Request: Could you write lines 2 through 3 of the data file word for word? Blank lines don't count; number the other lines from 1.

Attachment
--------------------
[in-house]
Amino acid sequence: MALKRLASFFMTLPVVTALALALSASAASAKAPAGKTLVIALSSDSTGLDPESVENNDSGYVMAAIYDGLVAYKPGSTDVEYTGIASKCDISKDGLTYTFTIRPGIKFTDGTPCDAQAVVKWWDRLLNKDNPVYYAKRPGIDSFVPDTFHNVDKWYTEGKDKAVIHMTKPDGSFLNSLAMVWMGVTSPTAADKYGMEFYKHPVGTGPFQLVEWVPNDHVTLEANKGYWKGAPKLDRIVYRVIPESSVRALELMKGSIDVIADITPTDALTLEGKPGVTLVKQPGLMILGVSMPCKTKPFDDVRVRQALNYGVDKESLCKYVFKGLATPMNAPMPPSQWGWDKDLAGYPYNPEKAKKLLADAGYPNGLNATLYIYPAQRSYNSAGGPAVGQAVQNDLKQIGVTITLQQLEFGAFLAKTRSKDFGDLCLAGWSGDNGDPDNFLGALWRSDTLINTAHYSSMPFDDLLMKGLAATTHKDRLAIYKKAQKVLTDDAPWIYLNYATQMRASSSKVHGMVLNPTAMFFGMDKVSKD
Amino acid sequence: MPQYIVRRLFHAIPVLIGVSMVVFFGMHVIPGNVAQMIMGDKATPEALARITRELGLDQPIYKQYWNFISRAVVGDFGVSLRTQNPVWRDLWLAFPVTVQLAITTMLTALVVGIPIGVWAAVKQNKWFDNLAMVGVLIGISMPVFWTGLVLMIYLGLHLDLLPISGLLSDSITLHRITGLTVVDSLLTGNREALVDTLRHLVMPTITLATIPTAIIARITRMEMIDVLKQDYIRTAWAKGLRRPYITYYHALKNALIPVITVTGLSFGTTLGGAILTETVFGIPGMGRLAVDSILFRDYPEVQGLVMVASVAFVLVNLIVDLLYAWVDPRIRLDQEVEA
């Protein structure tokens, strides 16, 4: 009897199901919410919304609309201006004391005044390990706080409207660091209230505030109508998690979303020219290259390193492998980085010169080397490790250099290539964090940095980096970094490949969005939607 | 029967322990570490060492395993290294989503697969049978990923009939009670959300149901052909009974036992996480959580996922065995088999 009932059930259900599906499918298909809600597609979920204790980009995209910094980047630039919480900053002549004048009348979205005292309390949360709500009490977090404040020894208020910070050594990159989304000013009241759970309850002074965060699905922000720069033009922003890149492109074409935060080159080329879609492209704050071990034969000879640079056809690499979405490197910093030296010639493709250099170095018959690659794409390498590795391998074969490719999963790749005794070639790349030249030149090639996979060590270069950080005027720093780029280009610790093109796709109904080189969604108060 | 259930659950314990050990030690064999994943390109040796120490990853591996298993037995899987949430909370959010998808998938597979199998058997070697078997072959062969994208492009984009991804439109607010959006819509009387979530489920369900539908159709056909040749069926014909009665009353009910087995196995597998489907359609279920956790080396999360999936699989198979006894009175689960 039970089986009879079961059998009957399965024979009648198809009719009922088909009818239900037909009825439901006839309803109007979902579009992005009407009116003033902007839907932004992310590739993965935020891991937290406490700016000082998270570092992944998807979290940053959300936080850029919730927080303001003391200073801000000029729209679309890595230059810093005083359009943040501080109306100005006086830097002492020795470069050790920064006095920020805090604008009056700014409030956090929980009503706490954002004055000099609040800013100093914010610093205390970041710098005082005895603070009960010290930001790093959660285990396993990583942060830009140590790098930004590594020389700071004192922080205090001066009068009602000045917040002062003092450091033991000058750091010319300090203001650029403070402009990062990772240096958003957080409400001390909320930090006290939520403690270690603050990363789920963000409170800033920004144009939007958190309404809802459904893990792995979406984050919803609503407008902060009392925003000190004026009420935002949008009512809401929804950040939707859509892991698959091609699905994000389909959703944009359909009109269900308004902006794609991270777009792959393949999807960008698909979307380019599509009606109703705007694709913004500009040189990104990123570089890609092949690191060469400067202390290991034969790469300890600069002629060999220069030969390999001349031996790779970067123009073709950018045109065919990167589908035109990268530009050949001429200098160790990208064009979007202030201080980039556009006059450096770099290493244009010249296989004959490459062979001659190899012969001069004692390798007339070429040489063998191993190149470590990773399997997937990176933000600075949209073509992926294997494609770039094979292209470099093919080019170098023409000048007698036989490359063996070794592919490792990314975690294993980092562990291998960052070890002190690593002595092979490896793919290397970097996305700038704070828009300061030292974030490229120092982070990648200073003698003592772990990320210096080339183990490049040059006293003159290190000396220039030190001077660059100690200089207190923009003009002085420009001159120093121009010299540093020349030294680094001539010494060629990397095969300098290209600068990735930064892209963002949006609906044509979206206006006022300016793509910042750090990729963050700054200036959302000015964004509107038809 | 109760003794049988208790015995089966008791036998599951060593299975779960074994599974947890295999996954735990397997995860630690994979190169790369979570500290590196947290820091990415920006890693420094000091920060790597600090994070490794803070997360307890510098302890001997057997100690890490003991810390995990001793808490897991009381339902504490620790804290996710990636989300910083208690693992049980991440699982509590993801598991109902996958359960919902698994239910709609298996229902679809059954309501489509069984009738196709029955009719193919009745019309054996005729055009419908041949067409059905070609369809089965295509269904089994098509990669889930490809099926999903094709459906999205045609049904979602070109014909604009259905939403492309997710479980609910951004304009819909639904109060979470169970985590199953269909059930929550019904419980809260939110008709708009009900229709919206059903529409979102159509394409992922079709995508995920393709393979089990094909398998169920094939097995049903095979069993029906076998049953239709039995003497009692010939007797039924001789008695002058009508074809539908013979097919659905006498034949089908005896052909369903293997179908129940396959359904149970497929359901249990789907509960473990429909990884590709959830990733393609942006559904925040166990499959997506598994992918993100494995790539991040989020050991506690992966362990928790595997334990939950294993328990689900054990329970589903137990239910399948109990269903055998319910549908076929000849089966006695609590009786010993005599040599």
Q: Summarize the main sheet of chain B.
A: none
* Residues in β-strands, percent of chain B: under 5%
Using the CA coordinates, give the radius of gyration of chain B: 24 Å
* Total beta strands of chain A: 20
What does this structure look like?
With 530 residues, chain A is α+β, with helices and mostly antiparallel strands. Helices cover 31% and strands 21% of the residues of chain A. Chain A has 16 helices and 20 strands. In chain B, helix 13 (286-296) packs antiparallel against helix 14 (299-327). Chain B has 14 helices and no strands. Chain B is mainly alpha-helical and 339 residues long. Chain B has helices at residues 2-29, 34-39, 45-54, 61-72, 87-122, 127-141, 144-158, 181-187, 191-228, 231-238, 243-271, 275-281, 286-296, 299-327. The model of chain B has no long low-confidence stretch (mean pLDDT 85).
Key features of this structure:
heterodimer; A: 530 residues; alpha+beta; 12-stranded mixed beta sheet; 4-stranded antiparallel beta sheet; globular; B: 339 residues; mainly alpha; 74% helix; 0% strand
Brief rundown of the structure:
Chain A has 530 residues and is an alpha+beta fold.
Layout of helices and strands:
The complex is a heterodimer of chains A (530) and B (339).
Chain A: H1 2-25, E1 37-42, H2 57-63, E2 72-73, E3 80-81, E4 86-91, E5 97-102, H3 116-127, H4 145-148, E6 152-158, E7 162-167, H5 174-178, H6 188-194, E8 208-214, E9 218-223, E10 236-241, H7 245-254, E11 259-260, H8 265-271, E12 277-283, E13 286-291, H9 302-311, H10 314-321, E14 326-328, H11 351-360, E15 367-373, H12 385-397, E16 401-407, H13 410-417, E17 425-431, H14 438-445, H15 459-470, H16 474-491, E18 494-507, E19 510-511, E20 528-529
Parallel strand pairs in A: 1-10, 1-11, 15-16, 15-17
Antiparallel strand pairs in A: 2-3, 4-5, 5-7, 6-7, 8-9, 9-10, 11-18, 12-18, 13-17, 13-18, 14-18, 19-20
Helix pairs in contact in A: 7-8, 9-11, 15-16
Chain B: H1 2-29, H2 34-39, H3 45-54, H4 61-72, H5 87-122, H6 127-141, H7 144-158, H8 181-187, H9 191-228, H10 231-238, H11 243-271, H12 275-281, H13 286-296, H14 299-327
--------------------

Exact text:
Amino acid sequence: MALKRLASFFMTLPVVTALALALSASAASAKAPAGKTLVIALSSDSTGLDPESVENNDSGYVMAAIYDGLVAYKPGSTDVEYTGIASKCDISKDGLTYTFTIRPGIKFTDGTPCDAQAVVKWWDRLLNKDNPVYYAKRPGIDSFVPDTFHNVDKWYTEGKDKAVIHMTKPDGSFLNSLAMVWMGVTSPTAADKYGMEFYKHPVGTGPFQLVEWVPNDHVTLEANKGYWKGAPKLDRIVYRVIPESSVRALELMKGSIDVIADITPTDALTLEGKPGVTLVKQPGLMILGVSMPCKTKPFDDVRVRQALNYGVDKESLCKYVFKGLATPMNAPMPPSQWGWDKDLAGYPYNPEKAKKLLADAGYPNGLNATLYIYPAQRSYNSAGGPAVGQAVQNDLKQIGVTITLQQLEFGAFLAKTRSKDFGDLCLAGWSGDNGDPDNFLGALWRSDTLINTAHYSSMPFDDLLMKGLAATTHKDRLAIYKKAQKVLTDDAPWIYLNYATQMRASSSKVHGMVLNPTAMFFGMDKVSKD
Amino acid sequence: MPQYIVRRLFHAIPVLIGVSMVVFFGMHVIPGNVAQMIMGDKATPEALARITRELGLDQPIYKQYWNFISRAVVGDFGVSLRTQNPVWRDLWLAFPVTVQLAITTMLTALVVGIPIGVWAAVKQNKWFDNLAMVGVLIGISMPVFWTGLVLMIYLGLHLDLLPISGLLSDSITLHRITGLTVVDSLLTGNREALVDTLRHLVMPTITLATIPTAIIARITRMEMIDVLKQDYIRTAWAKGLRRPYITYYHALKNALIPVITVTGLSFGTTLGGAILTETVFGIPGMGRLAVDSILFRDYPEVQGLVMVASVAFVLVNLIVDLLYAWVDPRIRLDQEVEA